Catching High Water Bream with Jim and Barbara Reedy
By Phillip Gentry
Here at B’n’M, we’re not sure what all the fuss is about the rain. It’s only rained twice since last fall – the first time for 3 months and then again for 2 months.
If you’re worried that high water might hurt your bream fishing this season, veteran B’n’M pro-staffers Jim and Barbara Reedy from Charleston, Missouri can put your fears to rest.
“A lot of folks depend on the same areas to fish for bream on their favorite lake. Take Reelfoot Lake for instance, where Barb and I do most of our bream fishing, the water might be as much as a foot high, but that opens up a whole lot of new areas we previously weren’t able to fish,” said Jim Reedy.
The Reedy’s approach bream fishing using two strategies. The first is to jig for bream around standing wood and the second is casting slip corks for them over bream beds hidden in lily pads.
The rod of choice for jigging for the bluegill that call Reelfoot home is a Sam Heaton Super Sensitive jig pole with bottom reel seat and touch system. The paired spinning reel is spooled with 6-pound Vicious line and a tiny 1/64 oz bream killer jig in black gnat is used for bait. Reedy adds a small split shot about a foot above the jig to get better feel and get the bait down in the water column quicker.
The secret to fishing a bream killer jig is tipping the bait with a wax worm to give it scent.
“I have a secret bait that I use to tip the jig- it’s a wax worm, the kind you buy in the bait shops,” he said. “Some people use crickets but that’s a one-and-done deal when you get a bite or catch a fish. With waxworms you just keep fishing and if they pinch some off, you just add another one to the hook.”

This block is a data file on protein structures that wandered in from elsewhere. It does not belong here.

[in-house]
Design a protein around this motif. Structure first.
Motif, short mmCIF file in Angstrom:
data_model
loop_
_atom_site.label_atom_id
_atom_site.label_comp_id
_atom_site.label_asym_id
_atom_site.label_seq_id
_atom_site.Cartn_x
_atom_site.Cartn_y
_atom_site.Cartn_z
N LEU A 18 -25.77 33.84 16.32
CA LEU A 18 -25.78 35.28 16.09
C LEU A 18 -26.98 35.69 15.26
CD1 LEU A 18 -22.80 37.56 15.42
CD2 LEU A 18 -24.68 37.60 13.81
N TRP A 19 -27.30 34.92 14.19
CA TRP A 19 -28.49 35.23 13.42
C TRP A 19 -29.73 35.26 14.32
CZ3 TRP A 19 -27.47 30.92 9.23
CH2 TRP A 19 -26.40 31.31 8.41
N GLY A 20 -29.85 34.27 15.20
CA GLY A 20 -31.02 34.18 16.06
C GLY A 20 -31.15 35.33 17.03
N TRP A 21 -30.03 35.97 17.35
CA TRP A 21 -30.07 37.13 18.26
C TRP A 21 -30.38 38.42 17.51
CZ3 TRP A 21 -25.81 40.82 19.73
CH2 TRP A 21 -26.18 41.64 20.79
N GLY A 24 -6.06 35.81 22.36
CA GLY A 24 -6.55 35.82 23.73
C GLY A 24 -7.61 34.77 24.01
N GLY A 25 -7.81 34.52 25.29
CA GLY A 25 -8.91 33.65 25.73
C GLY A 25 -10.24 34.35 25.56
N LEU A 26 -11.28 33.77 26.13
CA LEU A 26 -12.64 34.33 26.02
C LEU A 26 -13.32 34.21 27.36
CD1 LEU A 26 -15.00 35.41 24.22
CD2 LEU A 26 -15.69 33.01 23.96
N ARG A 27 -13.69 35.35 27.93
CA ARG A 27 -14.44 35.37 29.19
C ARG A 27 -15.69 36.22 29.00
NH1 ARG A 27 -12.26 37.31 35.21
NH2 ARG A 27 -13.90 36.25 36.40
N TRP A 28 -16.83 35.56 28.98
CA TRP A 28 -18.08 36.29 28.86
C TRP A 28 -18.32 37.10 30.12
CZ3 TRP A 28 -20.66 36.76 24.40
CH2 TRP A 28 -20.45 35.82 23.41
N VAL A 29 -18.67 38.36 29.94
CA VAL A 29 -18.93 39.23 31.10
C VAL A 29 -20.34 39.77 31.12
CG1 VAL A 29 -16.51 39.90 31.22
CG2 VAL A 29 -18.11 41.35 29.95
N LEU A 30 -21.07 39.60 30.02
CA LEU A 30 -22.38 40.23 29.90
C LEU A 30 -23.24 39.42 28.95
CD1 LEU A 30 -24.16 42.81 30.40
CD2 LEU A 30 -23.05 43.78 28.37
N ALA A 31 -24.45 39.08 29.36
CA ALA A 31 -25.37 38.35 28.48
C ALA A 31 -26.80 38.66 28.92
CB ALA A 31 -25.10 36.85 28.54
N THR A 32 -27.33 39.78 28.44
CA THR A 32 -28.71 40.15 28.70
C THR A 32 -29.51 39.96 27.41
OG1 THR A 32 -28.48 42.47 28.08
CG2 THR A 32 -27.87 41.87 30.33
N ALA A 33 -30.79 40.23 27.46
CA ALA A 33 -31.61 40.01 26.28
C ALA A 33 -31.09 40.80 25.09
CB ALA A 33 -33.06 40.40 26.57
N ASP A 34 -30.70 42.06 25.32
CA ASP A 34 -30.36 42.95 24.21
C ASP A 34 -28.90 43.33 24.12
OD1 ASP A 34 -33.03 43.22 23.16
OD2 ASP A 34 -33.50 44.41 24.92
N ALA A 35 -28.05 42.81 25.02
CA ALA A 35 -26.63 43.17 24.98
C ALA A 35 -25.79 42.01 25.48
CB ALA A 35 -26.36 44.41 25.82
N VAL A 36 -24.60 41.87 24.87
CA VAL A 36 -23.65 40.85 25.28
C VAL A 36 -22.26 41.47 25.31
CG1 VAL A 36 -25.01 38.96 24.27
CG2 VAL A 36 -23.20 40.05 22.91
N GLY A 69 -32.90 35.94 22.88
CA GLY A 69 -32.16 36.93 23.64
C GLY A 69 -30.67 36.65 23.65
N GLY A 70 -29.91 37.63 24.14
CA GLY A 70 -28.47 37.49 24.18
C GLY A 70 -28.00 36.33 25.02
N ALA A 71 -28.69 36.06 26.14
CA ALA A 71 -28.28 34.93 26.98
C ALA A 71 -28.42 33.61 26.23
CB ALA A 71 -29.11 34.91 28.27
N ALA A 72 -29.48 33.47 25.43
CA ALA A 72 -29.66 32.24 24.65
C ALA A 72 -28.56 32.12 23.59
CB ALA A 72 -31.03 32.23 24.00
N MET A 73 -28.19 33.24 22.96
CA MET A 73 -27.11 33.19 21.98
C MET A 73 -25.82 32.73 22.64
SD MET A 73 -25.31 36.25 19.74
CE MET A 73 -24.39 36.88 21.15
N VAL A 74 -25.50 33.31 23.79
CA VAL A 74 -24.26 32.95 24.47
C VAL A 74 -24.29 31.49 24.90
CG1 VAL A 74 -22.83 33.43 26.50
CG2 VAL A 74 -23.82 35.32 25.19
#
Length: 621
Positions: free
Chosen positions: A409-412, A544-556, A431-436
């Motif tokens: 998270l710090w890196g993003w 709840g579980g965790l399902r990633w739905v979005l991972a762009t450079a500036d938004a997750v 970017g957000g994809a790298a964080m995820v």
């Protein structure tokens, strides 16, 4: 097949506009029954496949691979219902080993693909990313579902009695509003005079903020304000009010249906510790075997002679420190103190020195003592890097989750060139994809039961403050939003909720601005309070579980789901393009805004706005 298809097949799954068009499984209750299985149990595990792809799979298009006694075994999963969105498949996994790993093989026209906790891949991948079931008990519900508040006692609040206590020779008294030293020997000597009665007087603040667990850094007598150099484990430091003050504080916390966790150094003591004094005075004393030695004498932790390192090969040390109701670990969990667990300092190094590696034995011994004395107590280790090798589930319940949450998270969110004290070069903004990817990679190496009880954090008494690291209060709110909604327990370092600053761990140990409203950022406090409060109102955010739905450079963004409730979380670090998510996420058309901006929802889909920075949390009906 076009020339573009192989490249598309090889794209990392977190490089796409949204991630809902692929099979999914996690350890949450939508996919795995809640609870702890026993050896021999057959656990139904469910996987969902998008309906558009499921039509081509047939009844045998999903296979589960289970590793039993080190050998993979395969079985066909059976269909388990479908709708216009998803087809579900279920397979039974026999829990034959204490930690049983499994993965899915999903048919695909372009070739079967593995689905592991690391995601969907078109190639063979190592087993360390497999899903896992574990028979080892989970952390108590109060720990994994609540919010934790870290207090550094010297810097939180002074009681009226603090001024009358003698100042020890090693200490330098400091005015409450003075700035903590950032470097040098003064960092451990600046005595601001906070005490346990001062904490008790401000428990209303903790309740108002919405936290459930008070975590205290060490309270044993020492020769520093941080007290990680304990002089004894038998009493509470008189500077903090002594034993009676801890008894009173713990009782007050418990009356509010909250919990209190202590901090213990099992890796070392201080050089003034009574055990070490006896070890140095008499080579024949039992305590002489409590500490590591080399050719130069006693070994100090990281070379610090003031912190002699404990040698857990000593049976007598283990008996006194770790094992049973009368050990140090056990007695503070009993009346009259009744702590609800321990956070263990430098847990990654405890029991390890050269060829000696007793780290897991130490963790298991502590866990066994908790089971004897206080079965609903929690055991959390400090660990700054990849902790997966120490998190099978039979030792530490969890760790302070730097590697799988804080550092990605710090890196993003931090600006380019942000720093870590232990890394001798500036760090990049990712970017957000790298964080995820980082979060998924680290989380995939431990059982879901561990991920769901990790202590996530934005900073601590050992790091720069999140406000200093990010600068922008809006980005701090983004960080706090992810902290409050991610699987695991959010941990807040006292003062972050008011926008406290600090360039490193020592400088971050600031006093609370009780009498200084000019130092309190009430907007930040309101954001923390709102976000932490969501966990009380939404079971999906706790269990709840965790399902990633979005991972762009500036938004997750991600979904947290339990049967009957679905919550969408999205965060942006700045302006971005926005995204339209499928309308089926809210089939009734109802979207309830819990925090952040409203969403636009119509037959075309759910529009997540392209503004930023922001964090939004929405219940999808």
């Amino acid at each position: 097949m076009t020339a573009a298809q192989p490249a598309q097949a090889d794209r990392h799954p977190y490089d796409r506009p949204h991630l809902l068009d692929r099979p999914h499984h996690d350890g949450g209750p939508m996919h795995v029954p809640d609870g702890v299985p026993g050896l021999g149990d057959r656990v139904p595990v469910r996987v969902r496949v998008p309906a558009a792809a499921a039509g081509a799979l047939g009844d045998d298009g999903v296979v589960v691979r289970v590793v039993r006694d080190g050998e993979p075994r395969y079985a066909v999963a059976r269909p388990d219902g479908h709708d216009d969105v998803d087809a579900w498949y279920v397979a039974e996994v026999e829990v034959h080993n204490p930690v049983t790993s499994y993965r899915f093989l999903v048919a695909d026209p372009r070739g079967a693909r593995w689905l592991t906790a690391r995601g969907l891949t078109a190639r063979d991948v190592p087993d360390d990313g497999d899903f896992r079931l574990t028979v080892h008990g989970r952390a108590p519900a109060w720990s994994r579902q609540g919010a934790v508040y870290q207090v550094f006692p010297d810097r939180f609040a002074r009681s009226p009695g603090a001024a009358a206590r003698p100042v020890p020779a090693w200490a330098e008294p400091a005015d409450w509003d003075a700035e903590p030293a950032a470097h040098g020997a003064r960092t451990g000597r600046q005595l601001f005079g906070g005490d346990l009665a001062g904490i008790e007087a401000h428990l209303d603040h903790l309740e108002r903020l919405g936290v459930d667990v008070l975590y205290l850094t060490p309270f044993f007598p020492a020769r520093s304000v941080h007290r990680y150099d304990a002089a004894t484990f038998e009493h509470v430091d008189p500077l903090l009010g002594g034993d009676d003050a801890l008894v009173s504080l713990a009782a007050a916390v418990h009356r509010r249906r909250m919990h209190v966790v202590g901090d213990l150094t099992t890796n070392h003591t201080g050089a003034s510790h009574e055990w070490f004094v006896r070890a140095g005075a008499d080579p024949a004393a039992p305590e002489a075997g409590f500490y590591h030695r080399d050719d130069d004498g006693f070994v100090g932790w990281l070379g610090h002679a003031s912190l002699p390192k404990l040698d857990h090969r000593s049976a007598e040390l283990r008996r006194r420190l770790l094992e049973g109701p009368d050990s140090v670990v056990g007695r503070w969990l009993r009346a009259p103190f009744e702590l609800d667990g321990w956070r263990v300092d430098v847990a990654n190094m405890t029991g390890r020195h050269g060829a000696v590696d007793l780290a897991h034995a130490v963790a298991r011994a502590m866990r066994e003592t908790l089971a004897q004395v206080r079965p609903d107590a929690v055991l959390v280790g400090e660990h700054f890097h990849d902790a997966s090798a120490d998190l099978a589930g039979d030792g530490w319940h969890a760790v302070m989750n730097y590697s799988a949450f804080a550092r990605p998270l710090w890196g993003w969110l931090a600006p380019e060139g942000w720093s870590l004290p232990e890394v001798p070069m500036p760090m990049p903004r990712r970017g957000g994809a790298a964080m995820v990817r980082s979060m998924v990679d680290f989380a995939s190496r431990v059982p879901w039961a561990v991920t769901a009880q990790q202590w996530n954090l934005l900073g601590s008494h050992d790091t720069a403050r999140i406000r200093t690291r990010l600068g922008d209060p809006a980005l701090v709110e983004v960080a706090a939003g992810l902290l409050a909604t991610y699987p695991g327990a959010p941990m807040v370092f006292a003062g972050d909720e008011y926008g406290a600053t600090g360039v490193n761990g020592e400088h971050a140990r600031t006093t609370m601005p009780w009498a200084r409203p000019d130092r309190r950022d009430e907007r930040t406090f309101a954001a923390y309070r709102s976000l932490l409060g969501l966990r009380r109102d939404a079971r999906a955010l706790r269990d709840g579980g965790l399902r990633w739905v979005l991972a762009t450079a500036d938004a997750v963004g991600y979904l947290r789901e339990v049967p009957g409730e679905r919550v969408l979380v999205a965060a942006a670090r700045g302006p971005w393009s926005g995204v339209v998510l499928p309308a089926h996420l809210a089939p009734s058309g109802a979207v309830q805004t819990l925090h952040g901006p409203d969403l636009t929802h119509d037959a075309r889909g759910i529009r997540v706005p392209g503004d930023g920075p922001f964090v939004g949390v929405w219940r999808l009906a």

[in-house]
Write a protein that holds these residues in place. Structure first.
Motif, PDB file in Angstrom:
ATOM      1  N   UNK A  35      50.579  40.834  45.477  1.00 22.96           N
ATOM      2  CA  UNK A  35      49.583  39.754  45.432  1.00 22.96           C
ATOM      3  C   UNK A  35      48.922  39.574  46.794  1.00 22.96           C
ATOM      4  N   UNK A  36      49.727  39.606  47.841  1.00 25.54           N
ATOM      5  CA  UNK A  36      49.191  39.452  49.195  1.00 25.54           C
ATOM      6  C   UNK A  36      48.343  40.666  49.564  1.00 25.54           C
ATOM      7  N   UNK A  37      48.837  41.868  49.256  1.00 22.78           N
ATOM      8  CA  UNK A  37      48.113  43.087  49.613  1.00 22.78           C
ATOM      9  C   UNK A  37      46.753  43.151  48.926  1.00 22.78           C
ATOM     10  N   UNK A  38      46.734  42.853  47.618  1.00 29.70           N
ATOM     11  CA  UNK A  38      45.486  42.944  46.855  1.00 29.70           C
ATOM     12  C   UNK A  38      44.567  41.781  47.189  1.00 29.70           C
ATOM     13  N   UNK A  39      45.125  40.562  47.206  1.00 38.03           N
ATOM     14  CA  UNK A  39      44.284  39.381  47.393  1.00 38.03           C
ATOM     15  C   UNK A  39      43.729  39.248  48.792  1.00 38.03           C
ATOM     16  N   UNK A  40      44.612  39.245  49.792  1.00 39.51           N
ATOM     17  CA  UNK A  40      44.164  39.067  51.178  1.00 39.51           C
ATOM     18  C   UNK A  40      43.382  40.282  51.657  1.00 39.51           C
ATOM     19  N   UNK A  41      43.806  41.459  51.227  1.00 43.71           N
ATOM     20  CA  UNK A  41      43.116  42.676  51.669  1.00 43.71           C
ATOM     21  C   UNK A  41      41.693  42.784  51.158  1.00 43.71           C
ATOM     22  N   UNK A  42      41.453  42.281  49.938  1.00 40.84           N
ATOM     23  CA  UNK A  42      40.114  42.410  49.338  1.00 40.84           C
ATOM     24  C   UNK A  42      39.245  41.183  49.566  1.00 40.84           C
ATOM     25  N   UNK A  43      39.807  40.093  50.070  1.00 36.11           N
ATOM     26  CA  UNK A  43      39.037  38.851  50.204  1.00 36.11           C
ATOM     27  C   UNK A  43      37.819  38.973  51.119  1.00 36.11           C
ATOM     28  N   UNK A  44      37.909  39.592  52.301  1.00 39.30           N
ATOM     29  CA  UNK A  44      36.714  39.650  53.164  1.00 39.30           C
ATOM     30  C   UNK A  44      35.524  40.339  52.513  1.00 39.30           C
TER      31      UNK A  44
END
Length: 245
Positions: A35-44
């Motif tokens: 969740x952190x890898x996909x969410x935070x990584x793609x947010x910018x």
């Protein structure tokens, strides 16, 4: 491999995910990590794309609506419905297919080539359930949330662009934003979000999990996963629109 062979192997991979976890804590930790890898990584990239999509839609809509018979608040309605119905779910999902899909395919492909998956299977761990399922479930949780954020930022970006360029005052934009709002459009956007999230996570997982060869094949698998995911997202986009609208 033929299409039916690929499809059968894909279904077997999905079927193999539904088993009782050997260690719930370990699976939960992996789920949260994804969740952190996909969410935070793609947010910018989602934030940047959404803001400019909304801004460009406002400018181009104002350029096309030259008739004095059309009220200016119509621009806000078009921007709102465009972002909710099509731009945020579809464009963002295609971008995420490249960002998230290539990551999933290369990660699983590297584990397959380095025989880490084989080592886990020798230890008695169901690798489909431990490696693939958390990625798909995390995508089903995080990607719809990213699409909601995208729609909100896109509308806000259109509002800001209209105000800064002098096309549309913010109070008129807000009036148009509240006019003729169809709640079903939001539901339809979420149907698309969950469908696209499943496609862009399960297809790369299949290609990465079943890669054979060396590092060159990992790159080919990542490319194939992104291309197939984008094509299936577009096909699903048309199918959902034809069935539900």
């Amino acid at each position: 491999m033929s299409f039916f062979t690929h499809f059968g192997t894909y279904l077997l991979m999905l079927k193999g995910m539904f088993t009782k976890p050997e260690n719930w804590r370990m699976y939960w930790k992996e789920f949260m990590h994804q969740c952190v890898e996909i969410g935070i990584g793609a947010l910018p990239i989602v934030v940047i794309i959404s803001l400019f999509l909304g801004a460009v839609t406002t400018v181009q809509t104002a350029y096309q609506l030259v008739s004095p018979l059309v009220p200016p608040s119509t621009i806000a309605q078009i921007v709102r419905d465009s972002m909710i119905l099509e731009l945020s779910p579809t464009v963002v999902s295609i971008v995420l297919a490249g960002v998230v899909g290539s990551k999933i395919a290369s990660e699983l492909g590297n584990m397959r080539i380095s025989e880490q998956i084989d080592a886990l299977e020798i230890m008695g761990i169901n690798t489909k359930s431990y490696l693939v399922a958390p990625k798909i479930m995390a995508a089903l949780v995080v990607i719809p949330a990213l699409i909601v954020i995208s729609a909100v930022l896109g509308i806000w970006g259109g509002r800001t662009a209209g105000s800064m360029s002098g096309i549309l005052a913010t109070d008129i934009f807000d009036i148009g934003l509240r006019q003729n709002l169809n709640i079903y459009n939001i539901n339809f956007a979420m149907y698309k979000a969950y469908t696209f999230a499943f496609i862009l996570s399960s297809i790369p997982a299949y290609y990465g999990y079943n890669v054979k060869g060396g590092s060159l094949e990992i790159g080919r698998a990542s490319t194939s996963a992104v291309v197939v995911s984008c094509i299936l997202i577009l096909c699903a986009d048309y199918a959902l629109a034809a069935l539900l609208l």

Standing cypress trees has always been Reedy’s go-to location. He looks for small groups of trees with 5 – 10 feet of water between them. Bream love to hold around the knees that stick out away from the trunk. The average water depth may be 3 – 4 feet but with flood conditions, many of the knees may not be visible, but they’re still there.
Reedy simply places the jig in any fishy looking spot to see if anyone is home.
“The good thing is when you find one, you might find a mini-bed with several more quality bream in the same location,” he said.
Look for bream to congregate around shallow sandy bottoms on either side of the full moon all summer long after the first spawn in May.
For fishing tradition bream beds, the Reedy’s hunt through the vast acres of lily pads in Reelfoot. He admits he might have to eliminate a lot of area before he finds a bed, but when he does, it’s not uncommon to limit out in that one or two spots.
“Look for bubbles coming up from the bottom,” he said. “That’s the bream fanning the bed and creating bubbles. You can see them floating up or sometimes they’ll accumulate in a kind of foam at the surface.”
For fishing bream beds, Reedy doesn’t want to get too close for fear of spooking fish so he positions the boat back away from the area and uses one of B’n’M’s new Buck’s Graphite Crappie Combos to cast a slip cork rig to the bed.
Don’t let higher than normal water levels keep you from fishing. More water opens up new places that haven’t been fished before.
His bait is the same as his jigging set-up. He uses a bream killer jig in black gnat tipped with a wax worm or two. He may add a slightly bigger split shot above the jig to cause the 2 inch slip cork to ride up better in the water and telegraph bites better when a fish moves off to the side rather than pulling the cork straight under.
“Bream fishing is a lot of fun, and like I said, don’t be afraid of the higher water,” he said. “That old chute that runs off to somebody’s duck blind is now plenty deep enough to fish and give you access to places nobody ever fishes.”
At B’n’M Poles, we’re here to help you catch more fish an make more memories, whether you like bream, crappie, catfish or other species. Check out our full catalog online at bnmpoles.com
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